I’ve finally unraveled the mystery about why my friends don’t ask me to watch their kids more often. Despite my reputation among the wee ones as being “a really fun babysitter,” and my infinitely flexible stay-at-home-mom schedule, I just don’t get lots of requests to help out.
Now I know why:
Now I know why:
It’s the baking, stupid.
I’ve enlisted their children’s help for one too many baking adventures, it seems. And now I’m paying the price.
Yesterday, apparently in desperation, a friend asked me to hang out with her kids for the afternoon. With my own kids at camp and several long lonely hours of writer’s block staring me in the face, I gladly accepted. Feeling spontaneous and sugar-deprived, I thought a baking project would be a fun idea with which to entertain her troops until my own soldiers came home to relieve me.
At first, everything went swimmingly with these two adorable surrogate kids – we “measured” and cracked and stirred and poured and creamed and whisked. We dusted every available surface with flour and made a fantastic mess of the kitchen. Then it was time to taste the cookie dough.
As I pinched off a bit of the dough and popped it into my mouth, four terror-stricken young saucer-eyes confronted me.
Elder child to younger child: “Did she really just do that???”
Me: “Yup. It’s delicious. Want some?”
Younger child to elder, eager to break the rules: “Can I try it??”
Elder: “Yeah, if you want to DIE!”
Elder to me: “Aren’t you scared of getting salmonella and DYING?”
Me, shrugging: “Nah, not so much.”
Health risks be damned: I wasn’t going to bake chocolate chip cookies without tasting the dough. It’s a basic rule of mine: if I’m going to create something without a recipe, based merely on my feeble memory of what might go into the classic toll house cookie, I better darn well taste the stuff before it goes into the oven. Otherwise I’d never know if I missed an ingredient, and then I might commit an even more heinous crime than dying: I’d have to throw away the whole batch of cookies.
Tasting the dough is as much a part of the baking process as creaming the butter and sugar or stirring in the flour. It is a critical sensory test. I know there are plenty of home bakers and – heaven forbid – even moms out there who taste their dough before baking it. And I’m here to represent all those crazy bakers who are willing to take their lives into their own hands in the name of a great cookie. Just as my mother led me down the path of culinary evil, I freely admit that I encourage budding young bakers to do the same. And this is why other moms can't fully trust me to keep their kids alive.
The situation reminds me of an old Hallmark card that reads: “Good moms let you lick the batter” (Inside:) “Great mom’s turn off the beaters first.” While I’m not a huge fan of Hallmark, this particular bit resonates with me, simply because It underscores the point that baking should involve a little risk now and then. Otherwise what’s the point? Where’s the fun factor?
Still, I owed it to my poor terrified charges (and their parents) to do a little research into the matter. My preliminary inquiry reveals that while yes, it’s true that salmonella can be carried by unpasteurized, uncooked eggs and flour, homemade dough doesn’t seem to pose a tremendous risk. The raw cookie dough that made everyone sick last year was factory made. Now there’s a shocker. Eating uncooked processed dough would make me sick too, even without the salmonella. But I digress.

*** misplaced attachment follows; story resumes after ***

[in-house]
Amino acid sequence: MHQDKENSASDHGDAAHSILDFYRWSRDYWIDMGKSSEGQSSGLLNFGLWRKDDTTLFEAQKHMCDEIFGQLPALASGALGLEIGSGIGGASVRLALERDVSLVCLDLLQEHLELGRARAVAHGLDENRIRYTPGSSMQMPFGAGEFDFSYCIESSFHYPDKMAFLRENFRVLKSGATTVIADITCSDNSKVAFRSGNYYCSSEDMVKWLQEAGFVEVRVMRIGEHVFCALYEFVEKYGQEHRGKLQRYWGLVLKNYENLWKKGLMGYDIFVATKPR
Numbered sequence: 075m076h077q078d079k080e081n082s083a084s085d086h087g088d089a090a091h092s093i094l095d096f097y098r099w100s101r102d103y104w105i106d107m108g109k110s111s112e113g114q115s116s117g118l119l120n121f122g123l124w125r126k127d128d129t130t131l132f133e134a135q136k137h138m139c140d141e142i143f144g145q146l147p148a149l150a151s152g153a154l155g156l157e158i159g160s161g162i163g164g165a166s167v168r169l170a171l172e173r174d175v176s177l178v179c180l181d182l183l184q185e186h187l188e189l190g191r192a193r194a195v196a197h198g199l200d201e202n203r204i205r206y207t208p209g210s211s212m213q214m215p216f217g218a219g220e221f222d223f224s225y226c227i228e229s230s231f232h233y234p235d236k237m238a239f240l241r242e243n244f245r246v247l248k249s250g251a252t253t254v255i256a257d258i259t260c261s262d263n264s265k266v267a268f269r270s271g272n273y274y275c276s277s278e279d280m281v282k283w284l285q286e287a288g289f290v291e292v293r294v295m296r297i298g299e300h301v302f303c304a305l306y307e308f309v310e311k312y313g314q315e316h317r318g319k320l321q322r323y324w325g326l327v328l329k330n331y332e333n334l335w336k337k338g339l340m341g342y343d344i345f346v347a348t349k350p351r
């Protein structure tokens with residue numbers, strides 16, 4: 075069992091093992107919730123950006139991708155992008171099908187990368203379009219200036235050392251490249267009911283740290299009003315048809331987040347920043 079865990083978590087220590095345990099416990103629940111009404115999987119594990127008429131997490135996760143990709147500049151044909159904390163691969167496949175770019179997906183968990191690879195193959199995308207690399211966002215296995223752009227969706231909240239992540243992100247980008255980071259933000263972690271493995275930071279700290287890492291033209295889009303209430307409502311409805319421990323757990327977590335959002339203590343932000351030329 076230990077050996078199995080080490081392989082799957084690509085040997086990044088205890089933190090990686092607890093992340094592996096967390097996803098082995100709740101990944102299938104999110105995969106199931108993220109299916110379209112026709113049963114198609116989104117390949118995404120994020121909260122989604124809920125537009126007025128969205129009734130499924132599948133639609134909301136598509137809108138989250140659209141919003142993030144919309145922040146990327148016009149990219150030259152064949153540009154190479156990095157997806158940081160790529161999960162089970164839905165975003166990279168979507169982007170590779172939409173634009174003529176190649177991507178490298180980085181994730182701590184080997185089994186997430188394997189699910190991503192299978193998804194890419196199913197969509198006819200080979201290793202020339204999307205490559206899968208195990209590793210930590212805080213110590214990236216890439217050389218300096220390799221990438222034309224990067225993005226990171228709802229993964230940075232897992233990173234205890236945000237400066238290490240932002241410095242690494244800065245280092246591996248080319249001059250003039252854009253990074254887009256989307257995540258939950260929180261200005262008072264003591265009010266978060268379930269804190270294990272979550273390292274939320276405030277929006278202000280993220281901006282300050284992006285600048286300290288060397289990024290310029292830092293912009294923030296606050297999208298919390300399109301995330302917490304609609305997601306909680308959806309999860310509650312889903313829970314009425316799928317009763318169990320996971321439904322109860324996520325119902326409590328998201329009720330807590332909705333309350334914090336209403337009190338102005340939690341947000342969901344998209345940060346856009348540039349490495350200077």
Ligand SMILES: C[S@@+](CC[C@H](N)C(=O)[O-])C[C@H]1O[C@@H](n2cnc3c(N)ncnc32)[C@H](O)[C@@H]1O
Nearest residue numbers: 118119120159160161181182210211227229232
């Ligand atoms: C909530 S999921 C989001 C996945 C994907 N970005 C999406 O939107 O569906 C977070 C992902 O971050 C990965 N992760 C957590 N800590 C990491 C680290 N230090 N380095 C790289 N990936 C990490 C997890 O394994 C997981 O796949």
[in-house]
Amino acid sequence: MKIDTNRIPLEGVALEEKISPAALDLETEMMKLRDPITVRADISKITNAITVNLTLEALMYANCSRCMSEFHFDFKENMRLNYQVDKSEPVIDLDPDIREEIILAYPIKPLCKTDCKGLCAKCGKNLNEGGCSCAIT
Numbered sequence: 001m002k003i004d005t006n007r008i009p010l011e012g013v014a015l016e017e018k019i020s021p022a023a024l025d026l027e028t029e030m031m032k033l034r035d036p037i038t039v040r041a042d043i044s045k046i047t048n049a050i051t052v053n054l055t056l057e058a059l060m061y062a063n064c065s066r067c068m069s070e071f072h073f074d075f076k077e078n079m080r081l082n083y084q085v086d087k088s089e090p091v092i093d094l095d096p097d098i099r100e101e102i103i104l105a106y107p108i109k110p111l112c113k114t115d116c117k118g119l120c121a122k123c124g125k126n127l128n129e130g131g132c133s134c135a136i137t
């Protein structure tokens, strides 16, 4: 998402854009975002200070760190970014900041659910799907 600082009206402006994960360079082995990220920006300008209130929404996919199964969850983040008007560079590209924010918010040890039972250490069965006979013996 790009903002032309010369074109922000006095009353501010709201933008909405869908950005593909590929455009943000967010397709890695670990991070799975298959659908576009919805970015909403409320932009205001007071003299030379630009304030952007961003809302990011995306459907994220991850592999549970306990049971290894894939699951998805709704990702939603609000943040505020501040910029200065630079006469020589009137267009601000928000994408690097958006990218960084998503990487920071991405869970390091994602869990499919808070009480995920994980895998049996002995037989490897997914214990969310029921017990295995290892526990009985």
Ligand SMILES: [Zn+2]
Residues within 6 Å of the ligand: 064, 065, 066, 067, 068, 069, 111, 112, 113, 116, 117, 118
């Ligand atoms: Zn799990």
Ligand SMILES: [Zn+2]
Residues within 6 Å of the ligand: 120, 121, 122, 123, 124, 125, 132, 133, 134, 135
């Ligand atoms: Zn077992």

To be fair, the CDC does advise against eating raw cookie dough in any form (homemade or store bought) if you're pregnant or elderly. But as I told the horrified kids, I’ve been tasting homemade raw cookie dough for at least 37 years so far, and I’ve lived to tell the tale. I like to live on the edge. I'm as cool as Andrew Zimmern now, huh?
Meanwhile: Whoosh. Did you hear that? It’s the sound of my at-home childcare career whizzing away. Not that I wanted another career anyway. My sugar-addicted, freestyle-baker, intrepid-kitchen-warrior reputation precedes me.
But just for the official record, and just as I had predicted: the cookies were lovely. They had exactly the flavor and texture I was going for: sort of a pecan sandy meets chocolate chip cookie.
Once out of the oven, they were thoroughly enjoyed by our guests.
And nobody died. Bonus!
Pecan Sandyish Chocolate Chip "Tollhouse" Cookies
1/2 pound (two sticks) unsalted butter
3/4 cup granulated sugar
3/4 cup dark brown sugar
at least 3 cups AP flour
1 tsp. baking soda
1 tsp. salt
2 eggs, lightly beaten
1 tsp. vanilla
1/2 cup (heaping) chopped pecans
1/2 cup (heaping) semi-sweet chocolate chips
- Preheat oven to 375 degrees.
- In the bowl of a stand mixer, cream butter and sugar together.
- In a separate bowl combine flour, baking soda and salt.Once butter is fully incorporated into sugar, slowly add eggs. Then add vanilla.
- Slowly incorporate flour mixture into sugar and butter, stopping to scrape down sides of the bowl as needed.
- Test dough with your fingers. It should be fairly thick -- tacky but not sticky. Add more flour, 1/4 cup at a time, until dough has a "playdough" consistency.
- With mixer off, add pecans and chocolate chips. Turn mixer on for just a minute or so, until the nuts and chips are incorporated.
- At this point, you can taste the dough, if you dare. See if you like it. If not, add something -- a few more nuts or chips, a little coconut, some raisins, a couple anchovies -- whatever inspires you! (just making sure you're still awake)
- Drop by rounded, flattened teaspoonfuls onto ungreased cookie sheets (you'll need about 3).
- Bake for 12-15 minutes, until golden brown.
- Let cool on the trays for a minute or so, then remove to a rack or plate to cool completely.